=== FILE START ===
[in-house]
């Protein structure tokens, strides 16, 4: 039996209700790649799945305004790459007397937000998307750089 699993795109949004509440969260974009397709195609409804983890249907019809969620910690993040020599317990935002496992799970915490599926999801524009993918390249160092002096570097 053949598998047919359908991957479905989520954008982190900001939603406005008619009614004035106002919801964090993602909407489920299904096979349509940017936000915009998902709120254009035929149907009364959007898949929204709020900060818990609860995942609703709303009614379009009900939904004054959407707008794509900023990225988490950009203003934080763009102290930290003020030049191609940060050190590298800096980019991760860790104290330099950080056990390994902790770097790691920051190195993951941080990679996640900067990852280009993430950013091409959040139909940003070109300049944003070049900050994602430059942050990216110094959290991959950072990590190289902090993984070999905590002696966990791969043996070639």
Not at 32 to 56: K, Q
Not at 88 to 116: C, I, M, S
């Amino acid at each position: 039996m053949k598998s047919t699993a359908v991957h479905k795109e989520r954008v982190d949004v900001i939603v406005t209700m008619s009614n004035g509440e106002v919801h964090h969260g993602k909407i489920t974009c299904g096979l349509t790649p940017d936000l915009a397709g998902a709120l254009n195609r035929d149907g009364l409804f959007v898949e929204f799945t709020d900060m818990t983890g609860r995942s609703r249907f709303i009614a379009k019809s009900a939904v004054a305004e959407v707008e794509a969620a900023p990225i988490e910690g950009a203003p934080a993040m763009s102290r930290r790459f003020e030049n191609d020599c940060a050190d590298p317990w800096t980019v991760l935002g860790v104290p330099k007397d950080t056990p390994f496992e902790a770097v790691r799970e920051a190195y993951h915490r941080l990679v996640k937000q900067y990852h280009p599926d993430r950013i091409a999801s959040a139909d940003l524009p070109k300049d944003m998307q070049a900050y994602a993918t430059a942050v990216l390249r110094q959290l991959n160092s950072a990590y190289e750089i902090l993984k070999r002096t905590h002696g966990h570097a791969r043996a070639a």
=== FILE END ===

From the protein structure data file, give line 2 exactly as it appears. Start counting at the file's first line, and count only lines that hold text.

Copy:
């Protein structure tokens, strides 16, 4: 039996209700790649799945305004790459007397937000998307750089 699993795109949004509440969260974009397709195609409804983890249907019809969620910690993040020599317990935002496992799970915490599926999801524009993918390249160092002096570097 053949598998047919359908991957479905989520954008982190900001939603406005008619009614004035106002919801964090993602909407489920299904096979349509940017936000915009998902709120254009035929149907009364959007898949929204709020900060818990609860995942609703709303009614379009009900939904004054959407707008794509900023990225988490950009203003934080763009102290930290003020030049191609940060050190590298800096980019991760860790104290330099950080056990390994902790770097790691920051190195993951941080990679996640900067990852280009993430950013091409959040139909940003070109300049944003070049900050994602430059942050990216110094959290991959950072990590190289902090993984070999905590002696966990791969043996070639």